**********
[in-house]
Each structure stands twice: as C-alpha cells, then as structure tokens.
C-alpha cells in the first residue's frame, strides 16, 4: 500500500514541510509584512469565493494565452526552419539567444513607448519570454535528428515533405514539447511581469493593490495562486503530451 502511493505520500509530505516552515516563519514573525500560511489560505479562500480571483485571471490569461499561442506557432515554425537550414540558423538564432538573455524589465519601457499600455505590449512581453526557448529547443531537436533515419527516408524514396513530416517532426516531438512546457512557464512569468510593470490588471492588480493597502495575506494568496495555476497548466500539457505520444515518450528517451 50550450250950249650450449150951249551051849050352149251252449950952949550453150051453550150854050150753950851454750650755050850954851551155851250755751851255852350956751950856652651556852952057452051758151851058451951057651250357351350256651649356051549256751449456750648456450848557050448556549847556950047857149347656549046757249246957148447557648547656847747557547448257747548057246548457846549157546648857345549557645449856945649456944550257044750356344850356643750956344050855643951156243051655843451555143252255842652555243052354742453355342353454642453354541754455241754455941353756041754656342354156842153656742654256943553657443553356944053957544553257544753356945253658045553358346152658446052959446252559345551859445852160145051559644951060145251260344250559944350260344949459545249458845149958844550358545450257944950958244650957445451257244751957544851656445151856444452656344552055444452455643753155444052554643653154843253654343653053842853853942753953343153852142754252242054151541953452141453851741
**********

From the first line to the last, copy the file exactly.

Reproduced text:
[in-house]
Each structure stands twice: as C-alpha cells, then as structure tokens.
C-alpha cells in the first residue's frame, strides 16, 4: 500500500514541510509584512469565493494565452526552419539567444513607448519570454535528428515533405514539447511581469493593490495562486503530451 502511493505520500509530505516552515516563519514573525500560511489560505479562500480571483485571471490569461499561442506557432515554425537550414540558423538564432538573455524589465519601457499600455505590449512581453526557448529547443531537436533515419527516408524514396513530416517532426516531438512546457512557464512569468510593470490588471492588480493597502495575506494568496495555476497548466500539457505520444515518450528517451 50550450250950249650450449150951249551051849050352149251252449950952949550453150051453550150854050150753950851454750650755050850954851551155851250755751851255852350956751950856652651556852952057452051758151851058451951057651250357351350256651649356051549256751449456750648456450848557050448556549847556950047857149347656549046757249246957148447557648547656847747557547448257747548057246548457846549157546648857345549557645449856945649456944550257044750356344850356643750956344050855643951156243051655843451555143252255842652555243052354742453355342353454642453354541754455241754455941353756041754656342354156842153656742654256943553657443553356944053957544553257544753356945253658045553358346152658446052959446252559345551859445852160145051559644951060145251260344250559944350260344949459545249458845149958844550358545450257944950958244650957445451257244751957544851656445151856444452656344552055444452455643753155444052554643653154843253654343653053842853853942753953343153852142754252242054151541953452141453851741